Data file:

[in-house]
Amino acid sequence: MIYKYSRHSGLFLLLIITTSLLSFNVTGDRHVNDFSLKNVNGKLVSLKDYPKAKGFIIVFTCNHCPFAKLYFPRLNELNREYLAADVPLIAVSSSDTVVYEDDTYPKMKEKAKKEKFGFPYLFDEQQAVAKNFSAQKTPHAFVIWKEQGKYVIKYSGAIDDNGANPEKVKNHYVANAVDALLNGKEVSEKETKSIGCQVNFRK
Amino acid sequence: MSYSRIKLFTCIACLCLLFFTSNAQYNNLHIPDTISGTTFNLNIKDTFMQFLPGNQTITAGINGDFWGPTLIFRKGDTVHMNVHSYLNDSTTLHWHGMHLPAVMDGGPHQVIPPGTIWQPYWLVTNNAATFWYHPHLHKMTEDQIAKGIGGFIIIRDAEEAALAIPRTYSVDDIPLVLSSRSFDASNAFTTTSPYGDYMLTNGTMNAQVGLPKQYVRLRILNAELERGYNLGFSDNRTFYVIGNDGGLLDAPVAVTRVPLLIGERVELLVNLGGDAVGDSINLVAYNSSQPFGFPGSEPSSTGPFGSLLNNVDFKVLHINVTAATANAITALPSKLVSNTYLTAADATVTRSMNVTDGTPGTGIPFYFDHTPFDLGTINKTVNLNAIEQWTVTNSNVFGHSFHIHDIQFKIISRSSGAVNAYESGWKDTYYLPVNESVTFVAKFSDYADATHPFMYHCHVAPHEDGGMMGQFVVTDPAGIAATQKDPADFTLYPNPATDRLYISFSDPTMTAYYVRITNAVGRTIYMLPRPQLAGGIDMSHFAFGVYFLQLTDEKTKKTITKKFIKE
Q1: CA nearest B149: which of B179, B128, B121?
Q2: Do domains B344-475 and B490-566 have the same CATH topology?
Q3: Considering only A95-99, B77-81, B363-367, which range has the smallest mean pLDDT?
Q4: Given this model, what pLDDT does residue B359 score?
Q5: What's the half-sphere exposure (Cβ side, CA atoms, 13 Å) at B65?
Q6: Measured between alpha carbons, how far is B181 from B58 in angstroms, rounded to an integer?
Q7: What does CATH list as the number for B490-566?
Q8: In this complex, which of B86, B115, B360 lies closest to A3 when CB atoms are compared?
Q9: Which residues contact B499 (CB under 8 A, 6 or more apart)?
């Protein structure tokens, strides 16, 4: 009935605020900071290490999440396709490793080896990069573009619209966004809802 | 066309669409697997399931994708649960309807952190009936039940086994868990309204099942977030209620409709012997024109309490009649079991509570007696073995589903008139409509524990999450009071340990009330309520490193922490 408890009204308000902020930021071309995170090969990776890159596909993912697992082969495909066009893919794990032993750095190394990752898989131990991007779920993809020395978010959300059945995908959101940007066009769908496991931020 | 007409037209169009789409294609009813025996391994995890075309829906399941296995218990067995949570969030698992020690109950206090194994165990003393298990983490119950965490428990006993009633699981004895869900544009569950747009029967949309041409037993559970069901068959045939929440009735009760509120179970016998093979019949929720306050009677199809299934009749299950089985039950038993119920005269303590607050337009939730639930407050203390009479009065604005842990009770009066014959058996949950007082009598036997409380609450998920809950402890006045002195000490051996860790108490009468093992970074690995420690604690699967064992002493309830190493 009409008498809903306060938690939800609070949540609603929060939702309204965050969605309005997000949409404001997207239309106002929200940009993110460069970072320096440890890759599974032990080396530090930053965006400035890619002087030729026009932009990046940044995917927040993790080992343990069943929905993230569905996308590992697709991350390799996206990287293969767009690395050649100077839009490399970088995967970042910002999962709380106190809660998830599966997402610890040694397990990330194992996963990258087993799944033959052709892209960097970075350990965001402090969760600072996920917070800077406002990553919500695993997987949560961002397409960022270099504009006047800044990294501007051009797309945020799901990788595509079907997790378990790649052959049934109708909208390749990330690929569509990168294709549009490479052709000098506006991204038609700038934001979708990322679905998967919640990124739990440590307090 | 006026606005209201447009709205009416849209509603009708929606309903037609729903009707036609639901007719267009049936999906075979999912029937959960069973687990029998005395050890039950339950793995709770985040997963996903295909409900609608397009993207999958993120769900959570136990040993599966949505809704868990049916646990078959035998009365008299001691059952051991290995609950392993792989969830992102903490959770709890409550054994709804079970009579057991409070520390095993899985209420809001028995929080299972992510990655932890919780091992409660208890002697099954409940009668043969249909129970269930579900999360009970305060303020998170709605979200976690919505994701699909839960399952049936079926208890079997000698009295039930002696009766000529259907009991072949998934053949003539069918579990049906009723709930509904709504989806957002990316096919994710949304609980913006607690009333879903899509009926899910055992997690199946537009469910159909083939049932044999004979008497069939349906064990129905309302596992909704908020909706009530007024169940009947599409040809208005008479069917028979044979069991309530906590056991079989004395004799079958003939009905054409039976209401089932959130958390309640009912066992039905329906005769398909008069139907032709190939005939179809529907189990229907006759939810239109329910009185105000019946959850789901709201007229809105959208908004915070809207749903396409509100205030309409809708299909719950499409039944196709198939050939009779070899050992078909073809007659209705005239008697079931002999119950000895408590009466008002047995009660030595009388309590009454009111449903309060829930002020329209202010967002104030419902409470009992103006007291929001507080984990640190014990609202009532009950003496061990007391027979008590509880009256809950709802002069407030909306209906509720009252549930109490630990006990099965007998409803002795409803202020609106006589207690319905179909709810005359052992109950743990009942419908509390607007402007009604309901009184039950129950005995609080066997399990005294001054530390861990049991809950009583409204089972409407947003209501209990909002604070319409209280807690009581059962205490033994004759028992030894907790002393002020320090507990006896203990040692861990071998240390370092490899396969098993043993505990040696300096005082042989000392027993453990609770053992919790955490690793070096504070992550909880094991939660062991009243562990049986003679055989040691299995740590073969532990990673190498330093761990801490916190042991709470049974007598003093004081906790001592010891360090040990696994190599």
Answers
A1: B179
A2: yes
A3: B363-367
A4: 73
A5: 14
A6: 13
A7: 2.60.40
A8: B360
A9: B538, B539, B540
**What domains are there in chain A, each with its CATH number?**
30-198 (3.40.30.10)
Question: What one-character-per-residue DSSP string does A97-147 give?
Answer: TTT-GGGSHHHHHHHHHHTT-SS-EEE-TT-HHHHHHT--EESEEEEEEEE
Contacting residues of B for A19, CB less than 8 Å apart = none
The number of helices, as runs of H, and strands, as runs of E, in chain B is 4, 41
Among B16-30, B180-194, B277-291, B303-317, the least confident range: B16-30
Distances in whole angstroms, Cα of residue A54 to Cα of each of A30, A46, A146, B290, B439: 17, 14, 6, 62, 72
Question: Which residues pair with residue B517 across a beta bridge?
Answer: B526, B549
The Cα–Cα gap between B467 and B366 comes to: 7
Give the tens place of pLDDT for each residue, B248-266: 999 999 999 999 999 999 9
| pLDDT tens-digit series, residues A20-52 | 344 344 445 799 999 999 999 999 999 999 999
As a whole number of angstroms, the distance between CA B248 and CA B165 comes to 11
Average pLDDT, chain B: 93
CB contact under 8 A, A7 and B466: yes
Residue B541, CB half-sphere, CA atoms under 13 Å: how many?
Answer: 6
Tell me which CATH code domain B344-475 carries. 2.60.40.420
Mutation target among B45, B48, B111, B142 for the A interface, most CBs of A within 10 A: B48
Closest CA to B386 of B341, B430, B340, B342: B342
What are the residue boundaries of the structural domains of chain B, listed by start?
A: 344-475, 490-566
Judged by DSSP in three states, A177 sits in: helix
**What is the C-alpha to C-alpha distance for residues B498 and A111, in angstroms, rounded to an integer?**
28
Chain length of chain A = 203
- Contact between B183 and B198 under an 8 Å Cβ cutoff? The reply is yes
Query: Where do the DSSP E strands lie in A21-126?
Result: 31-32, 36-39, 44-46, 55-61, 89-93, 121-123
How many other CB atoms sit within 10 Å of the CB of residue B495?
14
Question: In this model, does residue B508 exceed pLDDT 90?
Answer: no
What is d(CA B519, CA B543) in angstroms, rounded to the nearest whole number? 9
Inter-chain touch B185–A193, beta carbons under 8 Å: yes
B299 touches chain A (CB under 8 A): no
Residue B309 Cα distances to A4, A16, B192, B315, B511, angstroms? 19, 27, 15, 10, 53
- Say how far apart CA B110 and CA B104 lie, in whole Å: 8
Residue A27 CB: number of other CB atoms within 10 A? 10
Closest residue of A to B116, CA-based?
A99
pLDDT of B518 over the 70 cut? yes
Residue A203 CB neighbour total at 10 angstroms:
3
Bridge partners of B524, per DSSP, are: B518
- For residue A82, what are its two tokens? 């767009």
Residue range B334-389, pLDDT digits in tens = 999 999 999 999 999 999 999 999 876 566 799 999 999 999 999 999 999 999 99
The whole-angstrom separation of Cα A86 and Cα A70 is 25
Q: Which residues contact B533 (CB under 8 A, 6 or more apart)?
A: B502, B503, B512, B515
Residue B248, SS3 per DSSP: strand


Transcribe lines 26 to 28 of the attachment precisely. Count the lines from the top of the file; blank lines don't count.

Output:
Question: What one-character-per-residue DSSP string does A97-147 give?
Answer: TTT-GGGSHHHHHHHHHHTT-SS-EEE-TT-HHHHHHT--EESEEEEEEEE
Contacting residues of B for A19, CB less than 8 Å apart = none